Crimson Publishers Publish With Us Reprints e-Books Video articles

Full Text

Open Journal of Cardiology & Heart Diseases

Latest in High-Risk Atherosclerotic Cardiovascular Disease Lipid Guidelines-Mini Review

Muneera AlTaweel1,3*, Sarah AlMukhaylid2,3 and Nada Alsultan1

1King Abdulaziz Hospital, MNGHA, Al Ahsa, Saudi Arabia.

2College of Applied Medical Sciences (CoAMS-A), King Saud Bin Abdulaziz University for Health Sciences / KAIMRC/ KAH, National Guard Health Affairs, Al-Ahsa, Saudi Arabia.

3King Abdullah International Medical Research Center (KAIMRC), Al Ahsa, Saudi Arabia.

*Corresponding author: Muneera AlTaweel, KAIMRC ( King Abdulaziz International medical research center ) in addition to Medical department, cardiology section, King Abdulaziz Hospital, NGHA-Alahsa, Saudi Arabia

Submission: June 01, 2022;Published: June 08, 2022

DOI: 10.31031/OJCHD.2022.03.000572

ISSN 2578-0204
Volume3 Issue5

Mini Review

Cardiovascular disease is the leading cause of death in the United States, accounting for 23.1% of all deaths in 2018 [1]. Established Atherosclerotic Cardiovascular Disease (ASCVD) is associated with a higher risk of recurrent cardiovascular events. A population-based study found that about 50% of patients with ASCVD experienced a cardiovascular event during the mean follow-up of 7.3 years [2]. Clinical studies established unequivocally that Low-Density Lipoproteins (LDL) cause ASCVD [3], and randomized clinical trials of cholesterol-lowering drugs confirm that lowering of LDL cholesterol (LDL-C) produces marked reductions in new ASCVD events [4]. However, despite awareness of the impact LDL-C levels reduction benefits in Acute Coronary Syndrome (ACS) patients, few of these high-risk patients attain their LDL-C target goals [5].

Lipoprotein(a), known as Lp (a), is a modified form of LDL-C and a well-established risk factor for CVD [6]. It is worth measuring in patients with a family history of premature ASCVD or a personal history of ASCVD that cannot be explained by major risk factors.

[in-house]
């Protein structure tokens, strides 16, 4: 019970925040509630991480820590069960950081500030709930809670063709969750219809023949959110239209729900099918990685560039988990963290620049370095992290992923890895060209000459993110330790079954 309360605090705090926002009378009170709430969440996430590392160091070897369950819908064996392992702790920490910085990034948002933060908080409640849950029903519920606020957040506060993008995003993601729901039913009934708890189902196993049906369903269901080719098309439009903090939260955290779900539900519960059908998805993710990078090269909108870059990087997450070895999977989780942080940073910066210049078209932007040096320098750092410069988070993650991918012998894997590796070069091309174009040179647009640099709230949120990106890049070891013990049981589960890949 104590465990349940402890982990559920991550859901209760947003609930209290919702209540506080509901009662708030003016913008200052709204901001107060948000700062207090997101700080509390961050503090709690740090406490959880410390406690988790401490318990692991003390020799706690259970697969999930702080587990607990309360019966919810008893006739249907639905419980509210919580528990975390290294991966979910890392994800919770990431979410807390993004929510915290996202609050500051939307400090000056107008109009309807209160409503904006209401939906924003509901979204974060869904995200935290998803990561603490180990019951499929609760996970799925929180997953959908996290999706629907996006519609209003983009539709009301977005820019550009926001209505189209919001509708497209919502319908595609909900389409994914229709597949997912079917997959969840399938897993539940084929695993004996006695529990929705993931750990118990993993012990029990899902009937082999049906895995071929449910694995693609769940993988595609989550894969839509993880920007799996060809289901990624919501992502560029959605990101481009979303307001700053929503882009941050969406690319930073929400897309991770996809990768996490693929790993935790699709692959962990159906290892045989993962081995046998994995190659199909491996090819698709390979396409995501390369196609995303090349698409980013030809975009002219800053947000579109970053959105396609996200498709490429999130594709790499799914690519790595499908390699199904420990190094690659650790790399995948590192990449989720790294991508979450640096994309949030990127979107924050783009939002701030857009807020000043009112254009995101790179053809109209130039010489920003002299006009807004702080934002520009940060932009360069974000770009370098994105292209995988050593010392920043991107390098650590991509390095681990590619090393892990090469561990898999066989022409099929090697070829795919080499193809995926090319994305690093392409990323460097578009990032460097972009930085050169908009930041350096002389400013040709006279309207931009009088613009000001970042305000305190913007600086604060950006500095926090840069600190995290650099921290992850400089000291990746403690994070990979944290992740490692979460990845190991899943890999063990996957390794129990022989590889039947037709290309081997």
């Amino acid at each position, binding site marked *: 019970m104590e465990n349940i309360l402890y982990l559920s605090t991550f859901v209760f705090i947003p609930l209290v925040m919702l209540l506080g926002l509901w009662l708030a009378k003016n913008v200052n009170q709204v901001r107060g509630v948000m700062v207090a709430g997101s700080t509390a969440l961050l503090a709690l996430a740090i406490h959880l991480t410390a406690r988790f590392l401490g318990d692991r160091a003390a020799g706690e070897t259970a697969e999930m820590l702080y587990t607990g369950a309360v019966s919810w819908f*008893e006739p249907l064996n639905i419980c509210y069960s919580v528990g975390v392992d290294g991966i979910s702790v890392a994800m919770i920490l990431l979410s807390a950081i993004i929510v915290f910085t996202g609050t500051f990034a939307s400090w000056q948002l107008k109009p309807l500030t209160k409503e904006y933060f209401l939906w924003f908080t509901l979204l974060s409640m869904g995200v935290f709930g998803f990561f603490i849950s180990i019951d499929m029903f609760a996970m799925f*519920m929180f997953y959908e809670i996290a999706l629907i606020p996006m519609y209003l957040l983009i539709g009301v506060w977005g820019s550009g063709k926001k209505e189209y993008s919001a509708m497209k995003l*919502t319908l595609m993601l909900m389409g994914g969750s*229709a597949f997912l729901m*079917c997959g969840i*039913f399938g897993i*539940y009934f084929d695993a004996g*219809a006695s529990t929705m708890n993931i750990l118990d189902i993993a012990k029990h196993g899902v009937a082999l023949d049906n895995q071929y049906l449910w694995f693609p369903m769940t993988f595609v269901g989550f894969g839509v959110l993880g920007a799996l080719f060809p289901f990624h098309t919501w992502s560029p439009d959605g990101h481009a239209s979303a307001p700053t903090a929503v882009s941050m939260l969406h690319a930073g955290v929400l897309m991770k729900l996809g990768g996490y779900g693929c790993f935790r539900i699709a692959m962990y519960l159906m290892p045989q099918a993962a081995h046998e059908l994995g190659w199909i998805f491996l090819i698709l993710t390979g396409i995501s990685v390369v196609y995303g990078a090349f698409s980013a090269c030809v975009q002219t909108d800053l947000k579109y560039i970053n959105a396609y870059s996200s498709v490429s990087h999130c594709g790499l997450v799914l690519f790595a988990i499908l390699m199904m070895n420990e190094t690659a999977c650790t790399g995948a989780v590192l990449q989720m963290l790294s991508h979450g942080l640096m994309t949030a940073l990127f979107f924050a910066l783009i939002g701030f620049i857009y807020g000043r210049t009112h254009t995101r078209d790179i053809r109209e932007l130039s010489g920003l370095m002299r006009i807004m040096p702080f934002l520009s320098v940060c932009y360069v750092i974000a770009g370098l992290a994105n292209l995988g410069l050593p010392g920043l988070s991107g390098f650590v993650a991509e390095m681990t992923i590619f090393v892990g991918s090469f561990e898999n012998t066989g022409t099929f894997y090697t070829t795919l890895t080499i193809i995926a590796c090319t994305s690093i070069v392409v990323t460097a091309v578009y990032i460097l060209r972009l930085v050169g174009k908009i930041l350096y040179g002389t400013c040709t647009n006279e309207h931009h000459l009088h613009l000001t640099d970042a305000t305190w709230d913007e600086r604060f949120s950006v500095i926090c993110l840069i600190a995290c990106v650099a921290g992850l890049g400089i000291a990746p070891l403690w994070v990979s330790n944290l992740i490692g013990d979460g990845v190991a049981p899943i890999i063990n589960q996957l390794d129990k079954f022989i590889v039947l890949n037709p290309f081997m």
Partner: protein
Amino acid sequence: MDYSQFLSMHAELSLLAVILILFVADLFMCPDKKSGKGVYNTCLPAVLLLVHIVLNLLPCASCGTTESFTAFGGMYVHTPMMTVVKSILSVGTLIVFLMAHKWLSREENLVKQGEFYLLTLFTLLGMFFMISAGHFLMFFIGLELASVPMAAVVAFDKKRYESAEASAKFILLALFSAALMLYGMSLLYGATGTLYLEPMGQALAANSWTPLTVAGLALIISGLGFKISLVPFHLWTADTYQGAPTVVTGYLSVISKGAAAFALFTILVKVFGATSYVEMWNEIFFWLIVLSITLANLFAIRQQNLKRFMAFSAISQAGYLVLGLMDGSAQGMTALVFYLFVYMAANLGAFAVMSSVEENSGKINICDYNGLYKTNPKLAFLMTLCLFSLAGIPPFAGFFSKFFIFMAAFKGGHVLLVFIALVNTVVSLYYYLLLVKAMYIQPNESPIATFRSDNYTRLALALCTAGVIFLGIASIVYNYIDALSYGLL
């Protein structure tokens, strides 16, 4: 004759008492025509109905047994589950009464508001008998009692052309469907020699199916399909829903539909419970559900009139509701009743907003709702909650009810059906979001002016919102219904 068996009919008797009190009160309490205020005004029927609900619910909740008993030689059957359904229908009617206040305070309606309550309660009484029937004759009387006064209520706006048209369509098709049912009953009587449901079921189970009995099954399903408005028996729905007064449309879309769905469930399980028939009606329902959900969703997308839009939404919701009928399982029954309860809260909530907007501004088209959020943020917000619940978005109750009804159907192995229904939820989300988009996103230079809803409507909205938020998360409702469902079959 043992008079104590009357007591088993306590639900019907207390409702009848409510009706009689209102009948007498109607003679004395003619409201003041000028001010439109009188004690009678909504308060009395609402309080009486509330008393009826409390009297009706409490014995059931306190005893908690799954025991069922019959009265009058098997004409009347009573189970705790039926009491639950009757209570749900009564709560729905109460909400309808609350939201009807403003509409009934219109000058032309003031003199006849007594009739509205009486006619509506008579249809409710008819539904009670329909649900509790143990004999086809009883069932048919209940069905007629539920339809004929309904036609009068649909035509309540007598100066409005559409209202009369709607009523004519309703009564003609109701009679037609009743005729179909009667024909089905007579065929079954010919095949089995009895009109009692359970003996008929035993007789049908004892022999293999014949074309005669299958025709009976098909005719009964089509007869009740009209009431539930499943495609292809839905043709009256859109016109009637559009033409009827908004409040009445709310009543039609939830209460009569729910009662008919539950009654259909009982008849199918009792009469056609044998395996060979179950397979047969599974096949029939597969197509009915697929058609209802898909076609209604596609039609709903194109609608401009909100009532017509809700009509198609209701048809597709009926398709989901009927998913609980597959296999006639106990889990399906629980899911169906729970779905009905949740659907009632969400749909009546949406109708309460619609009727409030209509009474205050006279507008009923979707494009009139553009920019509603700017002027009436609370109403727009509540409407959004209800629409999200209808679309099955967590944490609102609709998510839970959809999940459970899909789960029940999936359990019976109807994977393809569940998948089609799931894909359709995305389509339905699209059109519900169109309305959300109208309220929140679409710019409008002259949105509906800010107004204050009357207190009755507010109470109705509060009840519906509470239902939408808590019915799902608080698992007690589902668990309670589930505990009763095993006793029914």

2019 European Society of Cardiology/European Atherosclerosis Society (ESC/EAS) Guidelines

The guidelines stratify patients by CV risk, and any patient with documented ASCVD (eg, previous ACS, stable angina, coronary revascularization, stroke, transient ischemic attack, or peripheral artery disease) is considered to be at very high risk. The ultimate treatment goal for secondary prevention in very high-risk patients is an LDL-C reduction of ≥ 50% from baseline and a target LDL-C of < 55 mg/dL. Patients who do not achieve LDL-C goals on maximally tolerated statin therapy should receive combination therapy with a statin plus ezetimibe. In patients who have not achieved their LDL-C goal despite maximally tolerated statin in combination with ezetimibe, a proprotein convertase subtilisin/kexin type 9 (PCSK9) inhibitor is recommended [5].

2018 American Heart Association/American College of Cardiology (AHA/ACC) Guidelines

Very high risk is defined as a history of multiple major ASCVD events or 1 major ASCVD event and multiple high-risk conditions (age ≥ 65 years, heterozygous familial hypercholesterolemia, history of prior coronary artery bypass surgery or percutaneous coronary intervention outside of the major ASCVD event(s), diabetes mellitus, hypertension, chronic kidney disease, current smoker, persistently elevated LDL-C ≥ 100mg/dL on maximally tolerated statin and ezetimibe, and history of congestive heart failure). Patients with ASCVD who are at very high risk should receive high-intensity or maximally tolerated statin therapy. In those on maximally tolerated statin therapy who have not achieved LDL-C < 70mg/dL, adding ezetimibe is reasonable. In those on a maximally tolerated statin and ezetimibe therapy who have not achieved an LDL-C < 70mg/dL, adding a PCSK9 inhibitor is reasonable [4].

Pharmacologic Options

Statins and ezetimibe

Based on an extensive body of evidence from CV outcomes trials, statins are the first-line therapy, in addition to healthy lifestyle changes, for reducing LDL-C to reduce CV risk. An ACC/ AHA Expert Panel found, in their review of multiple clinical trials, that initiation of moderate-intensity statin therapy (to lower LDL-C by 30% to < 50%) or high-intensity statin therapy (to lower LDL-C by ≥ 50%) is a critical factor to reduce ASCVD events. Ezetimibe is a selective cholesterol absorption inhibitor that lowers LDL-C by blocking the absorption of cholesterol in the intestines. Adding this drug to a statin regimen increases the magnitude of LDL-C lowering by 20% to 25% [4].

PCSK9 inhibitors

These agents are monoclonal antibodies that bind to the PCSK9 protein. Normally,
PCSK9 inhibits LDL receptor recycling: when PCSK9 binds to the LDL receptor, it targets the LDL receptor for degradation, which prevents the LDL receptor from returning to the surface of the hepatocyte to bind more LDL particles [6].